Who knew acupuncture could benefit animals too? A video has been circulating online of a seasoned Veterinarian performing acupuncture treatment on a 21 year-old show horse.
The centuries-old procedure, developed by the Chinese, involves the use of needles at specific pressure points on the body as a healing technique. It has been known to help relieve pain and resolve other health issues in humans for years.
Performing acupuncture treatment on animals, however, is not a new phenomenon. In the past, it was mainly used on large animals like horses due to their function as part of the military. In recent years, it has become popularly used by veterinarians all over the world on small animals and pets to treat several conditions.
Dr. Anne Bukenhofer, Veterinarian at the Rising Star Equine Center in Old Bethpage in New York, and her team has found the procedure to be helpful for treating injuries and focuses on treating show horses. She believes that in the same way that the human body can benefit from the procedure after years of wear and tear, so can horses.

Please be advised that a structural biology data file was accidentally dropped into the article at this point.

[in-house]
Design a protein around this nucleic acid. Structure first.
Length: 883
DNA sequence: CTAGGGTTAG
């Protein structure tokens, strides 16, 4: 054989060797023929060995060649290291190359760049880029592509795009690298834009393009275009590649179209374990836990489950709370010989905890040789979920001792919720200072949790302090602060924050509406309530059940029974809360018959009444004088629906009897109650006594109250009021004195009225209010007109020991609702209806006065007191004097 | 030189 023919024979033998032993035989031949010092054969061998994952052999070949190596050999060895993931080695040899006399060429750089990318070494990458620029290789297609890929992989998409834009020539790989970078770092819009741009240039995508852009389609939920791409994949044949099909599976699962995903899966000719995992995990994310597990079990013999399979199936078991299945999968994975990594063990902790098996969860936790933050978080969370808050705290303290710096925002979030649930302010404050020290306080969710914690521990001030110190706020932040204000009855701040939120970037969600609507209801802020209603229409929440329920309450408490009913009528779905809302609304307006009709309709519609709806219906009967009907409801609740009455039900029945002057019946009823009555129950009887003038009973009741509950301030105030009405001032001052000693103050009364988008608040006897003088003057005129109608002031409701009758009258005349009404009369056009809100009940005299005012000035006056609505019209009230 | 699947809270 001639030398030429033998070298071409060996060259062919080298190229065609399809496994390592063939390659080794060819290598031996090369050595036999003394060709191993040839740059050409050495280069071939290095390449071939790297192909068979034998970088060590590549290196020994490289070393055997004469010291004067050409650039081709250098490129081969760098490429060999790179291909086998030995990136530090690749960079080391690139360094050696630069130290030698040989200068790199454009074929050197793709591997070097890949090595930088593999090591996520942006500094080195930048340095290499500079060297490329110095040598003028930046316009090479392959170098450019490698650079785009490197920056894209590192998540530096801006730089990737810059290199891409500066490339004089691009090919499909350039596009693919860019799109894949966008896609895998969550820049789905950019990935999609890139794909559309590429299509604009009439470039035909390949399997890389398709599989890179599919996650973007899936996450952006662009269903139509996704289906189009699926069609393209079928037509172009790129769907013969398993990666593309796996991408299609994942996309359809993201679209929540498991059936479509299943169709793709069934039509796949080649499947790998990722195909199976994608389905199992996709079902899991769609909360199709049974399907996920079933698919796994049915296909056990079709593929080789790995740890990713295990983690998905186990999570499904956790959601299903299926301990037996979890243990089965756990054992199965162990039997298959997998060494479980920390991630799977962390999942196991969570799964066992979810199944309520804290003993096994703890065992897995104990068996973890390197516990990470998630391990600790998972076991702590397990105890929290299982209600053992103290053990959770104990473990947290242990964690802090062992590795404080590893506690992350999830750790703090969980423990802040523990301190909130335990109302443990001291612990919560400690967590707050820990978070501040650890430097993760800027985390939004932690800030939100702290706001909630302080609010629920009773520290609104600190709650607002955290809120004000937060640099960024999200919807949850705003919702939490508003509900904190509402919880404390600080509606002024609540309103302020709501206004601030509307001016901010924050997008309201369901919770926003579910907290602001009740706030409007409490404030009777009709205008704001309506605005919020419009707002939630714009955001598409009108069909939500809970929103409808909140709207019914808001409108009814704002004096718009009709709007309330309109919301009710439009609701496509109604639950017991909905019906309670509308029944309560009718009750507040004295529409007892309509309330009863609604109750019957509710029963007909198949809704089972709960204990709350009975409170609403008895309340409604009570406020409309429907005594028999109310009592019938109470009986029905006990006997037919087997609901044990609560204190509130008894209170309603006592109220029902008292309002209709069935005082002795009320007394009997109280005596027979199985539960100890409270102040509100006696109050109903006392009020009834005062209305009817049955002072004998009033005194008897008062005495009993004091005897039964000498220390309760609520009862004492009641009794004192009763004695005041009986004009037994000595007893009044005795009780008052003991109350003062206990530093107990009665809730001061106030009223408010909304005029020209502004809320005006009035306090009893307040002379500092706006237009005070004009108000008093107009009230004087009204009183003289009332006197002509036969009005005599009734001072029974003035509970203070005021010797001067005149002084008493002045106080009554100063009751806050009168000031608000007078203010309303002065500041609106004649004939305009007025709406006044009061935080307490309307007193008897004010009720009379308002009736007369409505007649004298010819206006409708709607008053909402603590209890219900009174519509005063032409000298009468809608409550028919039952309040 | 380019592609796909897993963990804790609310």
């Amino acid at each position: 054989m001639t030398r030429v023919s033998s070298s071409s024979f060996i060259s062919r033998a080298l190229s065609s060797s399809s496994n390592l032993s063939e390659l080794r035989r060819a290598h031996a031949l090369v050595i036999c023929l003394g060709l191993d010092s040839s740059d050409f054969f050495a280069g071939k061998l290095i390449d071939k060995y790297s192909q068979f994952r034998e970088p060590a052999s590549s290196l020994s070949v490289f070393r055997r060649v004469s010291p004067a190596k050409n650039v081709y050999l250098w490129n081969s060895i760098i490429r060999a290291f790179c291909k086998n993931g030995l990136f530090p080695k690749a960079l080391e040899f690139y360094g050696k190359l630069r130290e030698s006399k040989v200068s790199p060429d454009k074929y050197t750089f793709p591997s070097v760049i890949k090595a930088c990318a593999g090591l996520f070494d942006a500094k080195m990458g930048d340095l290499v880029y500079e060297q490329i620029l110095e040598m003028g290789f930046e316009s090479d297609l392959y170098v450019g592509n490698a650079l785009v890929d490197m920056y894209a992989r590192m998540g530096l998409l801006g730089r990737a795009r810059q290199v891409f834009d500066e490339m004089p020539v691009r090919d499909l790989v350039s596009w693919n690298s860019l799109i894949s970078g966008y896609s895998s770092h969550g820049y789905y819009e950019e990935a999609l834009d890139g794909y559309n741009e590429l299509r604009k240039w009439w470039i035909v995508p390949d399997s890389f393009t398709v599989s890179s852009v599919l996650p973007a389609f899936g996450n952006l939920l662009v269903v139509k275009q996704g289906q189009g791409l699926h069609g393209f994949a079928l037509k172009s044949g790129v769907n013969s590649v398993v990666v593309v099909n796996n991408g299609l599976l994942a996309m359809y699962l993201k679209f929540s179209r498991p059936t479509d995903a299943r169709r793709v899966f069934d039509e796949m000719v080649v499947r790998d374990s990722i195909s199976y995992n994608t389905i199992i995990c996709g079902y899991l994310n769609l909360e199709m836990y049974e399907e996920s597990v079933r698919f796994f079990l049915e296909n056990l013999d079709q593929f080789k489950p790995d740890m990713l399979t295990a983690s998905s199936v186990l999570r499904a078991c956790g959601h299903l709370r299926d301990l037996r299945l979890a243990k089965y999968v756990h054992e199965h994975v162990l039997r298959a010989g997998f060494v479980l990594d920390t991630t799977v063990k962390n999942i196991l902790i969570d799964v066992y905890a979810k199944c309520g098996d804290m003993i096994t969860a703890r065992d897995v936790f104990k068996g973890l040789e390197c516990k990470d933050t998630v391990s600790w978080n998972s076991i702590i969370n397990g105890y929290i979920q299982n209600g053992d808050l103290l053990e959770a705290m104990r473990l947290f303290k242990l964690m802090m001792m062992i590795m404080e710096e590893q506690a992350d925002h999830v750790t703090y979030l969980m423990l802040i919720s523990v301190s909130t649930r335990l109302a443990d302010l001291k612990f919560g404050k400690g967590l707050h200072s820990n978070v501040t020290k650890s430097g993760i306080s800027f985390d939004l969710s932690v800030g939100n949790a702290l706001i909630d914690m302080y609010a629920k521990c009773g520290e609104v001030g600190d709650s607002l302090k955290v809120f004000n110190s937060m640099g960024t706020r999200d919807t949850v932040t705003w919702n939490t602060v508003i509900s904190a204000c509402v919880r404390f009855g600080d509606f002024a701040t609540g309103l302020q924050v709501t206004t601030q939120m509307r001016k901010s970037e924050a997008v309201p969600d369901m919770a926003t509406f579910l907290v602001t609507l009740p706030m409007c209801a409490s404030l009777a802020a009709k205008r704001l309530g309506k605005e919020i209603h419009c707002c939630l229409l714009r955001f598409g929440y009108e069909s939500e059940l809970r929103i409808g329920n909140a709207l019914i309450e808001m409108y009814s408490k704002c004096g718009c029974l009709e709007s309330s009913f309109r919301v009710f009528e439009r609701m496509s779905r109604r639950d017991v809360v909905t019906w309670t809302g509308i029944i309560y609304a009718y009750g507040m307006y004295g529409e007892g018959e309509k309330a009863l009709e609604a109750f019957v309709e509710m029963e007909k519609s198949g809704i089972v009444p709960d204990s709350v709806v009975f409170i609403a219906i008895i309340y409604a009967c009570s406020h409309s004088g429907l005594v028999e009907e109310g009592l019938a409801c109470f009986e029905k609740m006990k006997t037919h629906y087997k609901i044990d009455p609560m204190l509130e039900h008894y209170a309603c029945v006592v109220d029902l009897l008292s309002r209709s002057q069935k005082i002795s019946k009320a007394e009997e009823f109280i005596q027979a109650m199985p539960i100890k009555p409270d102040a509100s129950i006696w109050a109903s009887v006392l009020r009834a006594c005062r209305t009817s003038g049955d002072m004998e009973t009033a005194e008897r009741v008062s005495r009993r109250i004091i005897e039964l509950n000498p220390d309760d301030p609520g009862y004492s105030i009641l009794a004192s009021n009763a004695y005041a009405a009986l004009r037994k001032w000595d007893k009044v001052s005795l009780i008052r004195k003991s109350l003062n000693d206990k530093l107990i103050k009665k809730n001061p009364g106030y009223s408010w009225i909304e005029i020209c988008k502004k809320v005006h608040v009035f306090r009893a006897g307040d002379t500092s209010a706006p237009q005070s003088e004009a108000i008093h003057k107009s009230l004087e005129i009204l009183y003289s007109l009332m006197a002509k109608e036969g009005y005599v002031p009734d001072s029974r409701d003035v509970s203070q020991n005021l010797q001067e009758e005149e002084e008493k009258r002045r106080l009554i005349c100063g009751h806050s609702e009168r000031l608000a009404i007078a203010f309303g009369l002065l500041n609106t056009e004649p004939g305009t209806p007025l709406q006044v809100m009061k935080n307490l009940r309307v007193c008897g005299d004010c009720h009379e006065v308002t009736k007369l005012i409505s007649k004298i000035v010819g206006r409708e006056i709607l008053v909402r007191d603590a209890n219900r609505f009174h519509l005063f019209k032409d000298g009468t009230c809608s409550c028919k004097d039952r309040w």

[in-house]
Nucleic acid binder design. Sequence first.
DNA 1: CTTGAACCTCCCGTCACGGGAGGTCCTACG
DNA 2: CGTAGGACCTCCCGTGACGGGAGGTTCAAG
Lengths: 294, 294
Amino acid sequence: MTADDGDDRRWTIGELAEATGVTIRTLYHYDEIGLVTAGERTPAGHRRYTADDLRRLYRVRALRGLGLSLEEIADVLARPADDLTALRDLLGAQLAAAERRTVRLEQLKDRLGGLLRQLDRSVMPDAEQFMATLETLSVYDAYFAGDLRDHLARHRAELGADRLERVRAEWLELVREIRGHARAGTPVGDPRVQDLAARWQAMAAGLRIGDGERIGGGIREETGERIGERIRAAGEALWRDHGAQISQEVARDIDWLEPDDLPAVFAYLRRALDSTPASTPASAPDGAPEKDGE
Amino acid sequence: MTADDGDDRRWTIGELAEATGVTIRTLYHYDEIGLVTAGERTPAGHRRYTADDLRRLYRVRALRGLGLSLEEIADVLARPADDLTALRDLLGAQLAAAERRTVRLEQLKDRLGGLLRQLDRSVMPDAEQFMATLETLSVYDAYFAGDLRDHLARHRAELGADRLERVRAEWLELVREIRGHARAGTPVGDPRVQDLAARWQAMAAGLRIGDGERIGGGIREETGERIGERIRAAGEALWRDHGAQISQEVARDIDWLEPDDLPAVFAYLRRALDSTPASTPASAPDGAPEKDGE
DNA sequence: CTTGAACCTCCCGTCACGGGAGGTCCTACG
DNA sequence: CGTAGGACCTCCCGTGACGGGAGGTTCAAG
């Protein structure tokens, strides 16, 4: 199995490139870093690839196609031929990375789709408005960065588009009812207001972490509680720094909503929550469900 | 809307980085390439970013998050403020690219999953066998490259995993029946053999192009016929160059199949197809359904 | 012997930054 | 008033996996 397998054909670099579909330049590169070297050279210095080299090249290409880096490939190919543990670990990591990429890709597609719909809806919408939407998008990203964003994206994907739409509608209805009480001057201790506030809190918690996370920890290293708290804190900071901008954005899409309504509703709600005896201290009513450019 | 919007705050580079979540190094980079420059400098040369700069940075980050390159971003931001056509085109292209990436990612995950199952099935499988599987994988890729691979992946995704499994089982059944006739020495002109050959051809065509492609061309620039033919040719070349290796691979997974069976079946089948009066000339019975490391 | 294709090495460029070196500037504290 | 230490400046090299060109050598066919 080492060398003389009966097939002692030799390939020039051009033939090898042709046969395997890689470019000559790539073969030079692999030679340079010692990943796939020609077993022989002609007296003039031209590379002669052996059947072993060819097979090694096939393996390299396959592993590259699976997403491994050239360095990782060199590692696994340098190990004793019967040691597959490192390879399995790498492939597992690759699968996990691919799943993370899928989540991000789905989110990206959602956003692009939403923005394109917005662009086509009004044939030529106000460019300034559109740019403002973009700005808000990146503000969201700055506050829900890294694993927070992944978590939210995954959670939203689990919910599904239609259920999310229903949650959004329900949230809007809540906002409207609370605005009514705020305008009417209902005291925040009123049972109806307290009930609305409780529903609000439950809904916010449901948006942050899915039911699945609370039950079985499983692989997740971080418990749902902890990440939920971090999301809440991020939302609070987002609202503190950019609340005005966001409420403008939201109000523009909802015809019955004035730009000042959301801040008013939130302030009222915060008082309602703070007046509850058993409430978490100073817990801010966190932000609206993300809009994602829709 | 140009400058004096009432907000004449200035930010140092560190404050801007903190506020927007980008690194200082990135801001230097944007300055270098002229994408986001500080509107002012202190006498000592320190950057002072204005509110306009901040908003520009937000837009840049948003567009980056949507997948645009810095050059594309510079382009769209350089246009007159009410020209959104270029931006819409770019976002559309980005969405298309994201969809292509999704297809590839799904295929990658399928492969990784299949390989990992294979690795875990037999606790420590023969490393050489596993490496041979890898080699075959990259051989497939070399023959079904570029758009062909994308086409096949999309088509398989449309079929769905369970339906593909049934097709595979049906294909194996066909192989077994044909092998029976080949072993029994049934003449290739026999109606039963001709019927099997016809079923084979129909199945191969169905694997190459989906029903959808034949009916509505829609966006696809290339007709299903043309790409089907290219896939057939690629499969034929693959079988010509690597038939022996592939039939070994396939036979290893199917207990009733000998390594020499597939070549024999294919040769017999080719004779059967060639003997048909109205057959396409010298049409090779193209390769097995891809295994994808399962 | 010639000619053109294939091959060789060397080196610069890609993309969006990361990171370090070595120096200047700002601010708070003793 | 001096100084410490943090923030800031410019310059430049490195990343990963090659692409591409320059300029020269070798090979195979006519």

“You can get pain control, you can get stress relief. You can help the horse feel a lot better," said Bukenhofer as she stuck 2-inch needles in her patient.
Tony, the show horse seen receiving acupuncture treatment, is 21 years old and has been a show horse for many years. To convert that into human years, Tony is about 63 years old. He is just one of quite a few show horses that are still in the game at that age.
Tony’s arthritis and numerous injuries over the years causes a lot of pain and discomfort at times that Dr. Bukenhofer believes can be treated by needle stimulation. Needles are placed at specific points on the horse’s body to access internal organs and cause the release of endorphins, to relieve chronic pain.
"There were patients that I knew I wasn't getting to the root of the pain with traditional medicine and being able to offer this modality has meant that I've been able to help horses I wouldn't have been able to help before," said veterinarian Dr. Kara Spillman.
The vets were seen applying similar massage and chiropractic therapy techniques on other patients, which are said to also help to treat and restore the equines’ health.